In the 1970’s we had McMillan & Wife on our TVs. Starring Rock Hudson and Susan St. James, the series played 40 episodes over the period of 1971 to 1976. The episodes were 90 minutes each. We still had the man and woman solving murders, except this time he wasn’t a retired private detective – he was the Commissioner of the San Francisco Police Department. St.James kept the role of the kooky wife created by Myrna Loy in play.

Which brings us to 2014. Arriving at the Sarasota Film Festival tonight was Wild Canaries. Yes, going in, this film could be called a screwball comedy/murder mystery, and it has definitely been updated for the times. Written and directed by Lawrence Michael Levine, who co-stars with Sophia Takal as his fiancé, the film is set in a Park Slope Brooklyn brownstone building. Noah (Levine) and Barri (Takal) share an apartment. Also on board in the same apartment is their friend Jean (Alia Shawkat).

There’s a couple who live on the ground and second floor; a guy named Damien and his wife and child. A nice old lady Sylvia lives on the 3rd floor and Barri is friends with her – is discovered by Barri dead on the floor of her bedroom. The Emergency Medics are summoned and it is ruled a death by heart attack. But Barri doesn’t quite believe that an 80 year woman who had a triple by-pass heart surgery, and a hip replacement – could be in bad enough shape to suddenly succumb to a heart attack, she believes it must be foul play. See, here we are barely seven minutes in, and already we have a screwball theory.

She goes on to pester Noah and Jean endlessly about this. The dynamic is such that we aren’t particularly displeased by Barri’s notions, but rather we begin to seriously dislike the constant bickering that we are a witness to. Noah doesn’t seem all that invested in his engagement – there’s the all night poker games with weed and booze in Damien’s apartment downstairs which Noah uses as a refuge from Barri, and this seems to attract him more than the whining Barri.

Lawrence Michael Levine wrote the film, directed the film, starred in the film, and appeared in Sarasota for a Q & A

Lawrence Michael Levine wrote the film, directed the film, starred in the film, and appeared in Sarasota for a Q & A

Noah is also in business with an ex-gf named Eleanor played by Annie Parisse who appeared in many episodes of Law & Order as A.D.A. Alexandra Borgia. As to what kind of business they do – it isn’t clear, and at the moment – despite their past involvement, Eleanor is now a lesbian.

Jean is in business with Barri – and together they have an idea to buy a failed Catskills resort and restore it. They even raise a half million in seed money from a friend of Jean’s. Jean says, We probably got the money because I gave this guy a blowjob once. Also worthy of mention is that Jean now is also a lesbian, and she tells us that she hasn’t had sex in more than year.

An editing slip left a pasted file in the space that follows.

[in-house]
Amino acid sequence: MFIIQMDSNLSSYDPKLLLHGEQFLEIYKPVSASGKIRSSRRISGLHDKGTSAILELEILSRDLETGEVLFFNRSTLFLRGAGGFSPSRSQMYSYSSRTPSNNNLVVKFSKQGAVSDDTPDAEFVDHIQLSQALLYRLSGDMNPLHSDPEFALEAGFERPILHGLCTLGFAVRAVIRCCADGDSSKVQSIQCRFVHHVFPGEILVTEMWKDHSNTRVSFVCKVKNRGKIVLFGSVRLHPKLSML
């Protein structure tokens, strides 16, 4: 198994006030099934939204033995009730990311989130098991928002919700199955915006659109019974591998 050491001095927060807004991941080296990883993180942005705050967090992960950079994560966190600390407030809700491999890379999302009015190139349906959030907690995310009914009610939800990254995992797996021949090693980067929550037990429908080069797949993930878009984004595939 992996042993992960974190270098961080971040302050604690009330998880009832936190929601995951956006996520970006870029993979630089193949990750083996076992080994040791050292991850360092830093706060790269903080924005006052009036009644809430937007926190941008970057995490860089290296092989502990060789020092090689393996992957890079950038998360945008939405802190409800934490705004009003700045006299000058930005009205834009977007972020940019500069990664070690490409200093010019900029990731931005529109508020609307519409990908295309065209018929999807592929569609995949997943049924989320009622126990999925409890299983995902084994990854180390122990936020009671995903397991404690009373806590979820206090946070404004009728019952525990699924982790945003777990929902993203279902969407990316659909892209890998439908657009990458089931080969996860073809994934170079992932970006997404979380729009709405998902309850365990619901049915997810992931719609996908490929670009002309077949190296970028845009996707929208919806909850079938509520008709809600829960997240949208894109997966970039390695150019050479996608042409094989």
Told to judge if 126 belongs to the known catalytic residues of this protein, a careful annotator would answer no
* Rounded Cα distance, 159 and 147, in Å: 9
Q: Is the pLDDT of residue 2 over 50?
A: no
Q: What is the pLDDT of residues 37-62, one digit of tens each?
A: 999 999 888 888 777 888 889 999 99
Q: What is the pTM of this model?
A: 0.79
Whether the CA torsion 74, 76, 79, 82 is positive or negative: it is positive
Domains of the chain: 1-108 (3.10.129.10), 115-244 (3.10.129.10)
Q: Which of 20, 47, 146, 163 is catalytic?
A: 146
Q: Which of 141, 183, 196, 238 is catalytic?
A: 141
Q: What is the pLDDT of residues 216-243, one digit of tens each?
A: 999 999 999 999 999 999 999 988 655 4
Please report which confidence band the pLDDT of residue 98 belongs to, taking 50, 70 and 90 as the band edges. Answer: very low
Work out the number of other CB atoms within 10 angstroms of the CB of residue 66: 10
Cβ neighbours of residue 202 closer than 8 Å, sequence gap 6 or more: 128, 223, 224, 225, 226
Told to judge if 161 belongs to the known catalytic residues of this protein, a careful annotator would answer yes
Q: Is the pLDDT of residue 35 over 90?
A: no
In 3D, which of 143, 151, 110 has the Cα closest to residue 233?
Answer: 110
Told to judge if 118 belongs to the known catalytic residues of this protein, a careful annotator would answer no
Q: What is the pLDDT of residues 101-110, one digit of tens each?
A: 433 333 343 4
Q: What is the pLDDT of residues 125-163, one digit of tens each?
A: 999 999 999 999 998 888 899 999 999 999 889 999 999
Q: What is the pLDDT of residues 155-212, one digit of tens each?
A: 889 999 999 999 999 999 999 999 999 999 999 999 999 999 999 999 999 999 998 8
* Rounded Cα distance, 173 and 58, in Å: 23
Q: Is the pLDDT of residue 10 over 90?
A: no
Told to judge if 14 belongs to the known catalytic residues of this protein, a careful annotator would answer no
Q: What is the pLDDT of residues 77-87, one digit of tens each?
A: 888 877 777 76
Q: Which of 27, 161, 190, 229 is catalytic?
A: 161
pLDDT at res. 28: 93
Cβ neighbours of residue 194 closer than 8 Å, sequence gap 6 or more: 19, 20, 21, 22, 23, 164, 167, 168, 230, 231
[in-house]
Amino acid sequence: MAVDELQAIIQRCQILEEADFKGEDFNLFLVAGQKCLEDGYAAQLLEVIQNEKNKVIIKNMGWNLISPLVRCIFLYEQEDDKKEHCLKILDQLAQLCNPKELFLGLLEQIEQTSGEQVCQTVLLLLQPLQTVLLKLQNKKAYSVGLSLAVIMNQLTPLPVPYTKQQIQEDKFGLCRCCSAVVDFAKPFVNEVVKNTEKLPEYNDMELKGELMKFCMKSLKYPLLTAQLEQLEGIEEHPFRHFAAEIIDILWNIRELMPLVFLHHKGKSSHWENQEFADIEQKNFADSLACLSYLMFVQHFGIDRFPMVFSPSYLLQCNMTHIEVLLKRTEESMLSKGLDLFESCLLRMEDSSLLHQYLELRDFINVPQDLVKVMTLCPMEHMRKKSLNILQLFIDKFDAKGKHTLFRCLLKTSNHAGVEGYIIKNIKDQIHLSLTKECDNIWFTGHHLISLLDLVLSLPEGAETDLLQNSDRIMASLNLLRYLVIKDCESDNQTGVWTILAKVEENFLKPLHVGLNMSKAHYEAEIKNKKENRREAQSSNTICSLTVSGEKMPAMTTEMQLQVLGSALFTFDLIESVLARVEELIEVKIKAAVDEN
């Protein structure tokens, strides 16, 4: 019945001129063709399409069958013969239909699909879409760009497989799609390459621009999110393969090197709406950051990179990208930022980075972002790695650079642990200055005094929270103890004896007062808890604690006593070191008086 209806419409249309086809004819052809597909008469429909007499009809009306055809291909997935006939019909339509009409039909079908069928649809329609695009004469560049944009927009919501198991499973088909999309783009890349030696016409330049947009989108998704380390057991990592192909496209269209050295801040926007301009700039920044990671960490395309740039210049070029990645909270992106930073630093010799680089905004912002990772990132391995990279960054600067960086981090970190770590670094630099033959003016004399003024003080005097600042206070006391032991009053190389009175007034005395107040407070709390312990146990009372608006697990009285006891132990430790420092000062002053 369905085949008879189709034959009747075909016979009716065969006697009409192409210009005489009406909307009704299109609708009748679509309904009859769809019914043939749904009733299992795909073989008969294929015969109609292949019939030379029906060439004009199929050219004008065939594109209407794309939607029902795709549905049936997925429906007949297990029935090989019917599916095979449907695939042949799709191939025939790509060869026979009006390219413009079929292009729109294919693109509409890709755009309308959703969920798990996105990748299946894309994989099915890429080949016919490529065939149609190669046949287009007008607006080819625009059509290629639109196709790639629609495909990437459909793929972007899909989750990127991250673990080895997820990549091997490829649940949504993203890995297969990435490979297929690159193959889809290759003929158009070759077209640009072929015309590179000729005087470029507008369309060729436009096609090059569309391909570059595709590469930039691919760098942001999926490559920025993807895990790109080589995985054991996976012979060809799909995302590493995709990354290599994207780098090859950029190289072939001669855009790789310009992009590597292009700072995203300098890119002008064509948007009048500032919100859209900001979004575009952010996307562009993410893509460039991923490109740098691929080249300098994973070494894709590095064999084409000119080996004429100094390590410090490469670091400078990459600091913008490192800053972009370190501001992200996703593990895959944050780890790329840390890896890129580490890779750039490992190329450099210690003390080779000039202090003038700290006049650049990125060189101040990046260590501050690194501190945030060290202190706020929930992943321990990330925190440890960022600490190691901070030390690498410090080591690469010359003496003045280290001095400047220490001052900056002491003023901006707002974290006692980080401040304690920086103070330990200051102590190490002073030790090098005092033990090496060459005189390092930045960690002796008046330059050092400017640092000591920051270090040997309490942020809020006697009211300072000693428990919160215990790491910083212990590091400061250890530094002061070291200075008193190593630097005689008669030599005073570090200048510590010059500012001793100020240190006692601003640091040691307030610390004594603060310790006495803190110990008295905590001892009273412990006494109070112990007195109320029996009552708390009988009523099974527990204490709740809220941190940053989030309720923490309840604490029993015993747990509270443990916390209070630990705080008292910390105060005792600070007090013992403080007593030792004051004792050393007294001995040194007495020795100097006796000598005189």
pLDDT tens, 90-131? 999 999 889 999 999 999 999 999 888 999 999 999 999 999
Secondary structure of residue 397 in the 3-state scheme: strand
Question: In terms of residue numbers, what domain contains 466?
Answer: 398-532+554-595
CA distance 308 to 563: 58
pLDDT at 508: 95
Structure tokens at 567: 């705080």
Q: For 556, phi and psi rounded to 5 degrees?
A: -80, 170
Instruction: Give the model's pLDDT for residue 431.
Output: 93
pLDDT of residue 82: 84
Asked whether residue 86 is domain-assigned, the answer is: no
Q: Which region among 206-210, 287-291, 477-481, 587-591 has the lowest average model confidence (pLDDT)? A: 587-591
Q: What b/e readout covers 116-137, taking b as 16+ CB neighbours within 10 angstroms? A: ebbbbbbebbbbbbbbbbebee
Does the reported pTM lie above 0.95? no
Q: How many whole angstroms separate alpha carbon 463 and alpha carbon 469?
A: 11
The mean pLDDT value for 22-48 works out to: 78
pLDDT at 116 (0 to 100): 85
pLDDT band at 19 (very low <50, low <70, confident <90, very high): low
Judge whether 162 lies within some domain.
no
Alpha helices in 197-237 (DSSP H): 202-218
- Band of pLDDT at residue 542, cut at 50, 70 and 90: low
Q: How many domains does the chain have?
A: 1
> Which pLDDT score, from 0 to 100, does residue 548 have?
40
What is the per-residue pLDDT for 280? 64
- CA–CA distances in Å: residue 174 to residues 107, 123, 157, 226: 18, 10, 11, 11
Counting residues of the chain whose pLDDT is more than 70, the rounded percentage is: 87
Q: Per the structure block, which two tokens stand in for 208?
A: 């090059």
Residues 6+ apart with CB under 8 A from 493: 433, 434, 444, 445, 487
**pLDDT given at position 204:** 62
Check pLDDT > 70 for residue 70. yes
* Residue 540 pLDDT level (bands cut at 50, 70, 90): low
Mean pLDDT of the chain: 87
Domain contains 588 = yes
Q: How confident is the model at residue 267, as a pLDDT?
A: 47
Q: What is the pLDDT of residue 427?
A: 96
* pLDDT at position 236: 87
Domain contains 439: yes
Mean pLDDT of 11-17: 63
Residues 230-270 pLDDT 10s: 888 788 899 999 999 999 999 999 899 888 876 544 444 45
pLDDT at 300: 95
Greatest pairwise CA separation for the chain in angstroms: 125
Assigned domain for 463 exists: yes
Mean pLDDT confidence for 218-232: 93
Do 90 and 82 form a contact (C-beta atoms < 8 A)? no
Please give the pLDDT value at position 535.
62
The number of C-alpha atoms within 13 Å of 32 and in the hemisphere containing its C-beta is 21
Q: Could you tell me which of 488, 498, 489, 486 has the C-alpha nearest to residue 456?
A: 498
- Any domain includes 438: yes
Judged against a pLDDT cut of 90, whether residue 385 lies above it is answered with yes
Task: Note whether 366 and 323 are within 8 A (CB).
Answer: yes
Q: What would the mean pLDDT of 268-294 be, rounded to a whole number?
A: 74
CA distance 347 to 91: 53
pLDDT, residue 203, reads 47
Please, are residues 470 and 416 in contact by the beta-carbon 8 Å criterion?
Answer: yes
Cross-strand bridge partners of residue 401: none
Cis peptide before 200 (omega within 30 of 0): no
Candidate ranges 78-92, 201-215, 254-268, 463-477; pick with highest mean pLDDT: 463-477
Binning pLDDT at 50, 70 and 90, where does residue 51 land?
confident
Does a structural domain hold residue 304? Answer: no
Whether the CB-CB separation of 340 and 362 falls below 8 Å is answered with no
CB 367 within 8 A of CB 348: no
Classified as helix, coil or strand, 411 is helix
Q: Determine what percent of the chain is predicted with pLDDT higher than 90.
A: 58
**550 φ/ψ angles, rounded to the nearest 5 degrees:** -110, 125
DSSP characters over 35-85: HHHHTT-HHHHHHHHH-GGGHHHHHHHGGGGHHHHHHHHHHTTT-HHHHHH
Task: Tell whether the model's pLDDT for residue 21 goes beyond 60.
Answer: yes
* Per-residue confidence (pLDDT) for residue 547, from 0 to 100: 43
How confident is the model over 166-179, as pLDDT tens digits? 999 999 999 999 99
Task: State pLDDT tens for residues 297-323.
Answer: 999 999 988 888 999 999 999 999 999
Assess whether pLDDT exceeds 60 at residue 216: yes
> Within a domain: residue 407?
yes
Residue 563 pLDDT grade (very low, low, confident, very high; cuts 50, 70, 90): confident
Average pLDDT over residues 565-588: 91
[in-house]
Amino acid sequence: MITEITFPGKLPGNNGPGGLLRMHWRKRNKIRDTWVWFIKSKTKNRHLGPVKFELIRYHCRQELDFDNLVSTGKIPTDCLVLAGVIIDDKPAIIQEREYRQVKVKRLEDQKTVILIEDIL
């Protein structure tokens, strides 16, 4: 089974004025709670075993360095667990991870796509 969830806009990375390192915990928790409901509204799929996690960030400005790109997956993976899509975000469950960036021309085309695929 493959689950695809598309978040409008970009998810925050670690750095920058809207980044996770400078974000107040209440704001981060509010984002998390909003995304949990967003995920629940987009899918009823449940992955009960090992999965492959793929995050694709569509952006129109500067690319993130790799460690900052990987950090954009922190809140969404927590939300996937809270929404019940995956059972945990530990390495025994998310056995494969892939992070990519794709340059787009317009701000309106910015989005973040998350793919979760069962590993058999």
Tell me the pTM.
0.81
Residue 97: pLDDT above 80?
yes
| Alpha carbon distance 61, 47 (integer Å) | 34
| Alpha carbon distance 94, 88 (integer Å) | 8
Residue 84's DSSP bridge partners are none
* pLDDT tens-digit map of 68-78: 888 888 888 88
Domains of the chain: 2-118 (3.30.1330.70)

Just another day in the paradise known as Park Slope. Barri has nothing else to do than try to solve a possible murder.

Just another day in the paradise known as Park Slope. Sophia Takal as Barri has nothing else to do than try to solve a possible murder.

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The 2014 Sarasota Film Festival Begins Tomorrow

SFF 2014 - 3

I’ve just returned from picking up my press credentials and screening passes for the 16th Annual Sarasota Film Festival April 4th – 13th, 2014. The tagline for this year’s festival is One Festival – Infinite Possibilities. Let’s have a look at a few of the films I will be covering:

Opening Night, April 4th at the Van Wezel Performing Arts HallLast Days in Vietnam

A documentary directed by Rory Kennedy, the daughter of Robert and Ethel Kennedy. As the final weeks of the Vietnam War were winding down chaotically, the North Vietnamese Army was closing in on Saigon, and the U.S. government remained in Congressional gridlock.

With the clock ticking and the city under fire, American soldiers and diplomats on the ground, were facing a moral quandary: whether to obey White House orders to evacuate U.S. citizens only–or to risk treason and save the lives of as many South Vietnamese citizens as they can. LAST DAYS IN VIETNAM is an unforgettable story of heroism and compromise in the face of impossible odds, a film that is at once profoundly moving and an indispensable chronicle of the end of the Vietnam War. 

Rory Kennedy was only seven years old at the time the events happened.

Saturday April 5th – Dom Hemingway

Dom Hemingway stars Jude Law as a crook who kept his mouth shut while doing 12 years in a British jail. Now he wants to collect his cut.

Is the new version of Alfie, a role made famous by Michael Caine nearly 50 years ago (1966). Or is it more like Law as a loud mouthed hooligan?

Monday April 7th – Coherence

On the night of an astrological anomaly, eight friends at a dinner party experience a troubling chain of reality bending events.

Part cerebral sci-fi and part relationship drama, Coherence is a tightly focused, intimately shot film that quickly ratchets up with tension and mystery. Might we have a new version of The Discreet Charm of the Bourgeoise? Or Close Encounters of the Third Kind – or something else? Check out the trailer:

Tuesday April 8th – Kumiko, The Treasure Hunter

A lonely Japanese woman becomes convinced that a satchel of money buried and lost in a fictional film (Fargo), is in fact, real. With a crudely drawn treasure map and limited preparation, she escapes her structured life in Tokyo and embarks on a foolhardy quest across the frozen tundra of Minnesota in search of her mythical fortune.

The film stars Rinko Kikuchi who has appeared in Pacific Rim, The Brothers Bloom, 47 Ronin, and Norwegian Wood.

Wednesday April 9th – Words and Pictures

An art instructor and an English teacher form a rivalry that ends up with a competition at their school in which students decide whether words or pictures are more important. A witty romance-com edy with Clive Owen as the English teacher and Juliette Binoche as the art instructor. Let the battle begin… but check out the trailer first: